That view is one-sided because it ignores the way that PARC innovations have paid off over the past 20 years. Still, it raises fundamental questions that many companies besides Xerox have been struggling with in recent years: What is the role of corporate research in a business environment characterized by tougher competition and nonstop technological change? And how can large companies better assimilate the latest innovations and quickly incorporate them in new products?"

Each sentence of this text is extracted and scored. The corresponding emphasis detection score is listed next to each sentence. The scoring used the emphasis detection equation with the optional VANISH list. In the following sentences: each stop-word run is underlined; and each vanish word is in italics.

2.8--The most important invention that will come out of the research lab in the future will be the corporation itself. ##EQU2## 1.7--As companies try to keep pace with rapid changes in technology and cope with increasingly unstable business environments, the research department has to do more than simply innovate new products.

1.6--It must design the new technology and organizational "architectures" that make possible a continuously innovating company.

3.5--Put another way, corporate research must reinvent innovation.

1.8--At the Xerox Palo Alto Research Center (PARC) we've learned this lesson, at times, the hard way.

1.8--Xerox created PARC in 1970 to pursue advanced research in computer science, electronics, and materials science.

1.8--Over the next decade, PARC researchers were responsible for some of the basic innovations of the personal-computer revolution--only to see other companies commercialize these innovations more quickly than Xerox.

2.5--(See the insert "PARC: Seedbed of the Computer Revolution.")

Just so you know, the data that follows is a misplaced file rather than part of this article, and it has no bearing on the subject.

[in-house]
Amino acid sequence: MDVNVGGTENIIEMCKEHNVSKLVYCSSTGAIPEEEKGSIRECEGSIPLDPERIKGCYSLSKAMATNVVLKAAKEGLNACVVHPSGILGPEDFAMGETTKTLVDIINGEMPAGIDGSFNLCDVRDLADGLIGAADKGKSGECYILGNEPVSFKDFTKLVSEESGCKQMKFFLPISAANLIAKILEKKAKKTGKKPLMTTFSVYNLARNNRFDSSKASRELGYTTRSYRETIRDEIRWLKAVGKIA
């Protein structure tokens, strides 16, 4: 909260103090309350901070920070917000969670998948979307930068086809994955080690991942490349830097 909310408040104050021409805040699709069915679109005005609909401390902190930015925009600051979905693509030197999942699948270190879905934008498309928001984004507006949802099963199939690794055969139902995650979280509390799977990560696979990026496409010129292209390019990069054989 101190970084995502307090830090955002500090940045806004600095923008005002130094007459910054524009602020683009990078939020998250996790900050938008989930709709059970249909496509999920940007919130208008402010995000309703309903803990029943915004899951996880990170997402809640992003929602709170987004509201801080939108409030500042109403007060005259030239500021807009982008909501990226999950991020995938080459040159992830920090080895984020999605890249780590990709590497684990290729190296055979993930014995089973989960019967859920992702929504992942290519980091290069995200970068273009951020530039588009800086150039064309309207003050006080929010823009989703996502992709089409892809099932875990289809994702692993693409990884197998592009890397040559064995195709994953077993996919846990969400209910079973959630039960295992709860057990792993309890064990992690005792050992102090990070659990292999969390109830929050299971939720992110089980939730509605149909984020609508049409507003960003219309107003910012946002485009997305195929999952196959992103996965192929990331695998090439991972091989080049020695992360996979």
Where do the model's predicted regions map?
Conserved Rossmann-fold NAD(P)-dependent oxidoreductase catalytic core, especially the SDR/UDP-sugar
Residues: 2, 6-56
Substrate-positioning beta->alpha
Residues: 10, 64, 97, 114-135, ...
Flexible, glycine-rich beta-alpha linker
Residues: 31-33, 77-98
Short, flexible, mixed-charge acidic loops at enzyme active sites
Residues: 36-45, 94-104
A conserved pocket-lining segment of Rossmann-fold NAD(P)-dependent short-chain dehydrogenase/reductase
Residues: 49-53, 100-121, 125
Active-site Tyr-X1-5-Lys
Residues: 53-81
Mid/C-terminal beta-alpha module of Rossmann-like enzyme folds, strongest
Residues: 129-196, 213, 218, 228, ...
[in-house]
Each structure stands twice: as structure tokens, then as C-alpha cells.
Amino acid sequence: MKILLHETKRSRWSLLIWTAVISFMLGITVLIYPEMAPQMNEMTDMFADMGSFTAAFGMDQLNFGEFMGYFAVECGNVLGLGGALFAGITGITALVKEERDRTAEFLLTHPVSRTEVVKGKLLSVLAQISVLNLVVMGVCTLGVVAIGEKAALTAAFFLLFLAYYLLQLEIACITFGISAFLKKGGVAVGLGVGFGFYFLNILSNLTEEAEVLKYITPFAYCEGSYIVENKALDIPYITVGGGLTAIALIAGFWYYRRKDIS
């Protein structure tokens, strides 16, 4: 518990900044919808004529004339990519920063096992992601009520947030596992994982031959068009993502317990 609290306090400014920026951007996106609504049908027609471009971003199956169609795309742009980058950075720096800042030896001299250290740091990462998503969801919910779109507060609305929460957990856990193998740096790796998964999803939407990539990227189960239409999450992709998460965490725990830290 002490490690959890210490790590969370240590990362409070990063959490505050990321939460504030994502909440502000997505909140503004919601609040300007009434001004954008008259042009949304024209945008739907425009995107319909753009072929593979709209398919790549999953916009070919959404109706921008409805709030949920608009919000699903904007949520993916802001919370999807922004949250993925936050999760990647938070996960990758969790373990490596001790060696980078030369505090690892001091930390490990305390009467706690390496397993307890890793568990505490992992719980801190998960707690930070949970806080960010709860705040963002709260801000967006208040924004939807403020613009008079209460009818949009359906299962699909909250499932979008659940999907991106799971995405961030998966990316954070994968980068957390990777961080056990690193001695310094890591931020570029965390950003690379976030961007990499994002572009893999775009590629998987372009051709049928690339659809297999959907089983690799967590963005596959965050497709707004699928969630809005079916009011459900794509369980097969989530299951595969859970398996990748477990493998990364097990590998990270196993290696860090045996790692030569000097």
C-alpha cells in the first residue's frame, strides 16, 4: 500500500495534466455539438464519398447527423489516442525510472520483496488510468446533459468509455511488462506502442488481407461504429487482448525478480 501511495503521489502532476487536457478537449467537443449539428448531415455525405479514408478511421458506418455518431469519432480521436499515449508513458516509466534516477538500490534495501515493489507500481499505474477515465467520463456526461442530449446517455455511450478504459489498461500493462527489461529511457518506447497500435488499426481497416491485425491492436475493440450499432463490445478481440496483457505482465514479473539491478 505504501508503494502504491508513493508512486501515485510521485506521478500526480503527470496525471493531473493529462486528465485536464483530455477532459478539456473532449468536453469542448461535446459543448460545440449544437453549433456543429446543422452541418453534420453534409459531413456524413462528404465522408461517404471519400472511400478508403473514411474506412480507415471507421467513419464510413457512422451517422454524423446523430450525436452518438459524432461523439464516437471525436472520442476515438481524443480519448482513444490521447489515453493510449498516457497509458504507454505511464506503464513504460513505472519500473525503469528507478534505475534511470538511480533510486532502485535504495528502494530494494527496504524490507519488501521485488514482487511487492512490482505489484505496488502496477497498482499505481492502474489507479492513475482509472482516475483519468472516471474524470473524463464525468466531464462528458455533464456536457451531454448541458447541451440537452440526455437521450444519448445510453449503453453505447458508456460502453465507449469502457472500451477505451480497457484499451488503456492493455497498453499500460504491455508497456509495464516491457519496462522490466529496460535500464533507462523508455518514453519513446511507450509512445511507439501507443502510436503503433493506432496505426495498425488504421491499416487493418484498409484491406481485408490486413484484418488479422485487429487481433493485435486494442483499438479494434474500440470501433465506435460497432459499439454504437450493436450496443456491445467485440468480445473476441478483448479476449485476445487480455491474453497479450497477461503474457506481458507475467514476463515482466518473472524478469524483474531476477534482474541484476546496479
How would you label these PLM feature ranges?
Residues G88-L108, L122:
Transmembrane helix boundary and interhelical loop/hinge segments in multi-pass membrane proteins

1.4--In the process, Xerox gained a reputation for "fumbling the future" and PARC for doing brilliant research but in isolation from the company's business.

2.6--That view is one-sided because it ignores the way that PARC innovations have paid off over the past 20 years.

1.9--Still, it raises fundamental questions that many company's besides Xerox have been struggling with in recent years: What is the role of corporate research in a business environment characterized by tougher competition and nonstop technological change?

2.2--And how can large companies better assimilate the latest innovations and quickly incorporate them in new products?

The lowest scoring sentence in this example is `In the process, Xerox gained a reputation for "fumbling the future" and PARC for doing brilliant research but in isolation from the company's business.` followed closely by `It must design the new technological and organizational "architectures" that make possible a continuously innovating company.` and `As companies try to keep pace with rapid changes in technology and cope with increasingly unstable business environments, the research department has to do more than simply innovate new products.` These sentences may not carry the entire theme of this text fragment, but they are clearly among the most passionately stated. An abstract could be formed from these selected sentences.